In my (admittedly uneducated) opinion, the camp that says it does nothing is wrong and the camp that it makes significant change is probably also wrong. There is a molecular change - we know that. The electrical properties of the cable, and thus the sound, change. However, are any of us actually capable of discerning the potentially very minute difference? Thats the better question.
Hah...that probably is the better question. It very well may be something only bats can hear, lol.
post #39 of 95
The copper's melting point is 1984.32 °F, so what does it matter for copper to be 2200 F below it's melting point for a while and then around 1900 F away during the rest of the product life? IMHO it changes nothing.
post #40 of 95
my understanding is the cryo process reliefs the internal stress of copper wire (form during the draw process). It doesn't make the copper "better" than before the draw, instead is a "repair" kind of thing.

I will try some Cryo silver wire next time and see how much difference it makes.
post #41 of 95
Kevin, your going to end up with 10 sets of IC's half cryo'd, half not just to change the sound of your rig. Can't wait to hear it at the next meet.
post #42 of 95
I am going to Cryo myself to see if I can sing better. I will tell later how it goes.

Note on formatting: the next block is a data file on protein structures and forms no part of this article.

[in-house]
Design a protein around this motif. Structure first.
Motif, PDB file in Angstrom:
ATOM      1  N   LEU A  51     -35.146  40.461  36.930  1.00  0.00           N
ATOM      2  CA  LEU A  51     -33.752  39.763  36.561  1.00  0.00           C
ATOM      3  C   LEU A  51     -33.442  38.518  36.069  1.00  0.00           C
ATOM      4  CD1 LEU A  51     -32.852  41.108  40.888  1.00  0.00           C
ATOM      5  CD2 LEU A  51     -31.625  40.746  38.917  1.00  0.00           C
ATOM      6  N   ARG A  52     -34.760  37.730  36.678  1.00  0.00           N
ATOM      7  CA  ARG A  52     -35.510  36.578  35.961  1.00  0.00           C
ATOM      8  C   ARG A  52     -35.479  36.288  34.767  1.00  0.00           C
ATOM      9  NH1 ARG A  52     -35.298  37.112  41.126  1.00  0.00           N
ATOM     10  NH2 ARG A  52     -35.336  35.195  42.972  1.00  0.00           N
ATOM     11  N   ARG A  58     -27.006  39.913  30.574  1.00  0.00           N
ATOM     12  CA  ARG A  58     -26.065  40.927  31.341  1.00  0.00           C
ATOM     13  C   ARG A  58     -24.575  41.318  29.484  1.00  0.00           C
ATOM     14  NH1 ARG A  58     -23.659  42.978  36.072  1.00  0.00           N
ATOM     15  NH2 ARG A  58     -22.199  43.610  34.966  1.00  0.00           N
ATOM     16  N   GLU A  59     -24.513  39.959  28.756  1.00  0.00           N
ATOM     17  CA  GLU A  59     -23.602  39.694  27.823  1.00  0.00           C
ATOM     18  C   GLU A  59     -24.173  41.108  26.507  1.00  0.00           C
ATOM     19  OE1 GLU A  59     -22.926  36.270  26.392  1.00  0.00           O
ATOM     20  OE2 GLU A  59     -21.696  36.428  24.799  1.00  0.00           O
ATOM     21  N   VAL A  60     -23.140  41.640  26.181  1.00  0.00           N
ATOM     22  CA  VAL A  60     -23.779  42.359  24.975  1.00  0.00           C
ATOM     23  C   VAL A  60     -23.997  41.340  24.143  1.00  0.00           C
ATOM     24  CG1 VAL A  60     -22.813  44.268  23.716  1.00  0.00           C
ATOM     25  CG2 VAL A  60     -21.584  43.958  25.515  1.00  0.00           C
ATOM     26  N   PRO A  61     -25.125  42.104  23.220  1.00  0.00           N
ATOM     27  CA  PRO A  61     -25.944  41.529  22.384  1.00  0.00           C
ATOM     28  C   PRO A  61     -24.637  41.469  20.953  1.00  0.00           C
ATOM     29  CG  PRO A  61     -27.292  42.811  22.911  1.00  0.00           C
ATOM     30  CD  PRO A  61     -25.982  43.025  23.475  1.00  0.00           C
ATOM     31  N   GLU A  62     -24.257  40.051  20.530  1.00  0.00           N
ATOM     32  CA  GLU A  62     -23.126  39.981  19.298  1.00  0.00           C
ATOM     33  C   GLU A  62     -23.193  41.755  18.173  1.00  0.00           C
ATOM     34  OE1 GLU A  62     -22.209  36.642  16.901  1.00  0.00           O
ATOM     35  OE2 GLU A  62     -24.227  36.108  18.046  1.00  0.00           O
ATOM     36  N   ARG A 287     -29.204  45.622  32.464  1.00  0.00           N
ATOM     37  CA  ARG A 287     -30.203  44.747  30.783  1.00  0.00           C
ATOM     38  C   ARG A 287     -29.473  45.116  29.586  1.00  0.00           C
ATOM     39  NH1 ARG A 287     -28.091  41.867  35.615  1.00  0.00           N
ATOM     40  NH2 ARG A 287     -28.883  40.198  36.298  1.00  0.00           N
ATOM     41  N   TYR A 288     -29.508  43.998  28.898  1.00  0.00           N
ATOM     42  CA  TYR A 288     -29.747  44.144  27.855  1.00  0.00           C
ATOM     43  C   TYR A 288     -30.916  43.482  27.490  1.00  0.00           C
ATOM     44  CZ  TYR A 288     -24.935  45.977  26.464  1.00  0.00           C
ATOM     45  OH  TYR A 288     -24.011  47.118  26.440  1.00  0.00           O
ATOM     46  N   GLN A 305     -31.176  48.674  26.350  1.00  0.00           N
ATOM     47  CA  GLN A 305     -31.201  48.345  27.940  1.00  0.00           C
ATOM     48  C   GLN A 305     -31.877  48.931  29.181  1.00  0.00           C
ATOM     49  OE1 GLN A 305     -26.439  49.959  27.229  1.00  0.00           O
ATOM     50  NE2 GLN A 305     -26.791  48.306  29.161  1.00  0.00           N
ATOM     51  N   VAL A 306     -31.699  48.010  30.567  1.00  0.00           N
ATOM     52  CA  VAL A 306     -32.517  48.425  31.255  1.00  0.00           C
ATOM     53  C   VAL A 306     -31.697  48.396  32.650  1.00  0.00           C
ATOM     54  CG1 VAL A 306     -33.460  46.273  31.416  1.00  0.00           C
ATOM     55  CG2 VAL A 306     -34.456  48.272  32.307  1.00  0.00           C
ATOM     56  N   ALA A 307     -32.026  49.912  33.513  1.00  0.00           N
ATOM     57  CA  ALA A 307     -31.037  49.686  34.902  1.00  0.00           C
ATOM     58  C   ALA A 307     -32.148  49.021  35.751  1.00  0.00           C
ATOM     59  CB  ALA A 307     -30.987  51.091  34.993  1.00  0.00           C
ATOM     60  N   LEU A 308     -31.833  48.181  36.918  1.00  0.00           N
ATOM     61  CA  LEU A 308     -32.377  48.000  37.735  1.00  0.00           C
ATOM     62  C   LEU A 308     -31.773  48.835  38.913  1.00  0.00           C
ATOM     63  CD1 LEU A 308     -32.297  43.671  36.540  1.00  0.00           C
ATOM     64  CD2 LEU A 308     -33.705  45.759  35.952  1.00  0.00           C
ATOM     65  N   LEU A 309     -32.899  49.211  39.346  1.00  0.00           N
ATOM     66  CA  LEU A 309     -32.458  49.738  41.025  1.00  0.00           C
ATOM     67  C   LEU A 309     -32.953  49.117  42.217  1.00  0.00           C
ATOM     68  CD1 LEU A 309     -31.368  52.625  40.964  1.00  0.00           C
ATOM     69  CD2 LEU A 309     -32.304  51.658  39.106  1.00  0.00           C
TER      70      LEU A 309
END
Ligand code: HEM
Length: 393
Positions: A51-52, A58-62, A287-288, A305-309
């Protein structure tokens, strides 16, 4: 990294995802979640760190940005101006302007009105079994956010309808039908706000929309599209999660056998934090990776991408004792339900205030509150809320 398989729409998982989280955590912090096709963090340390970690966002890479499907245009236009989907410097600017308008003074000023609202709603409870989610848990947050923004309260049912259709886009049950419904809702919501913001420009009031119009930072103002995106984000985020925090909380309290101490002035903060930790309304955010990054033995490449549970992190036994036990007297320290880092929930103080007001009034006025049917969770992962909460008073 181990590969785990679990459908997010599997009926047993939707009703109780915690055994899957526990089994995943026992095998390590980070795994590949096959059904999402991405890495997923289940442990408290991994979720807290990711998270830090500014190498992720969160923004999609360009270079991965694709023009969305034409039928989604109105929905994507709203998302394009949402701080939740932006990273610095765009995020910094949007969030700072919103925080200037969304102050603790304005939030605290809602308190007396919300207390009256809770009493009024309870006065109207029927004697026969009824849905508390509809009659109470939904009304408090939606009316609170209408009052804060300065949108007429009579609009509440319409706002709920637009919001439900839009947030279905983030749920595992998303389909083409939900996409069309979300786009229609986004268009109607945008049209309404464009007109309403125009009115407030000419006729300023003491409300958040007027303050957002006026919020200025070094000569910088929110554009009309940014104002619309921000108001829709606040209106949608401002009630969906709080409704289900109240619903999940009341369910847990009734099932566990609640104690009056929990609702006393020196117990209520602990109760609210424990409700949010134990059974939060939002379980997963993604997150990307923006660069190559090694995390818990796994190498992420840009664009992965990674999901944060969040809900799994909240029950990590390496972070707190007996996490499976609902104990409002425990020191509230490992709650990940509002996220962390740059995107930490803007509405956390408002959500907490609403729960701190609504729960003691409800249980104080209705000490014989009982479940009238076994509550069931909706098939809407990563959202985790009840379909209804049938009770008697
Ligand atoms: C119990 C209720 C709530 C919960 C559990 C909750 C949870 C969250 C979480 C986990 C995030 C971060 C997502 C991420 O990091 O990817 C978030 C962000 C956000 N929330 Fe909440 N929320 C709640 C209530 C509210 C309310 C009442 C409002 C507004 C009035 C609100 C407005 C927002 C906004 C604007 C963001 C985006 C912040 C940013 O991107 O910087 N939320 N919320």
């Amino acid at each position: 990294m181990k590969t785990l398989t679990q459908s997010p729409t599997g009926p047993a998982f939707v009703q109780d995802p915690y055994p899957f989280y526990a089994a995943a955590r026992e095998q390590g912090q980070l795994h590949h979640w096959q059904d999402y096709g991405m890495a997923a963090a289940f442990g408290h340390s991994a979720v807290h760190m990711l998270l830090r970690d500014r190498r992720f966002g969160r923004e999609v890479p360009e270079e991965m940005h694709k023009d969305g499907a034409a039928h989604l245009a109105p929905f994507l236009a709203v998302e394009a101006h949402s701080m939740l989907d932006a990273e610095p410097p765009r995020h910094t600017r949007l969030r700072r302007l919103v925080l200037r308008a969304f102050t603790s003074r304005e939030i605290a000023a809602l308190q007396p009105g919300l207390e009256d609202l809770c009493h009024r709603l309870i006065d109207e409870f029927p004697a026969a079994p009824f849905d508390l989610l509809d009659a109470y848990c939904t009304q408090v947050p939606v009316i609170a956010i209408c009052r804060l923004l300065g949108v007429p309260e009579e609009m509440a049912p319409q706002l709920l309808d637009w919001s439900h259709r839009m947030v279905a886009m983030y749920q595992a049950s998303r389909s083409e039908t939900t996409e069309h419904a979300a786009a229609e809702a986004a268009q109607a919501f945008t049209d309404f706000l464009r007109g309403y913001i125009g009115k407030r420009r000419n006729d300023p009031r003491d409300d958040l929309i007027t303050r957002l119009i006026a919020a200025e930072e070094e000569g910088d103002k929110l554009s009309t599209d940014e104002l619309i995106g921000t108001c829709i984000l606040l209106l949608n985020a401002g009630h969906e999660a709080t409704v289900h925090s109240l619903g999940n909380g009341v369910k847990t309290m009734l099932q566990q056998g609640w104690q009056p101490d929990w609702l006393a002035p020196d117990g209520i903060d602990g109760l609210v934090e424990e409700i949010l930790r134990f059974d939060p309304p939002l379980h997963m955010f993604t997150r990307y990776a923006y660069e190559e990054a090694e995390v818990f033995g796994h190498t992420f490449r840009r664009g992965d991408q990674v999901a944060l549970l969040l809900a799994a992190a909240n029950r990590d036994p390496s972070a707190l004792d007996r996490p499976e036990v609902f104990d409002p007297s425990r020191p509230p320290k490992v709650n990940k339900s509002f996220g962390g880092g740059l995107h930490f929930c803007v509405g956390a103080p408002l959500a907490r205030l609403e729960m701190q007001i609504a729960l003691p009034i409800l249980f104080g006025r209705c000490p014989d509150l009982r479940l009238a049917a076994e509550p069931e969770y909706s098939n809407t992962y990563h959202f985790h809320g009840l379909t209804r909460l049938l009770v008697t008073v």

post #43 of 95
Here is something that may relate to cryo changes in components/interconnects.

When metals are supercooled they go into the 5 state of matter - Bose Einstien condensate where the electrons are in lockstep and the material will superconduct.

So if a conductor is supercooled (cryo) and then slowly brought to room temperature is the new more relaxed state a degree closer to the superconducting state?
post #44 of 95
Quote:
Originally Posted by HumanMedia View Post
When metals are supercooled they go into the 5 state of matter - Bose Einstien condensate where the electrons are in lockstep and the material will superconduct.
I knew it!
post #45 of 95
Yes... Bose!! 5th state of matter!
The problem is that not all metals become superconductors with cooling.
Superconductors become superconductors with cooling.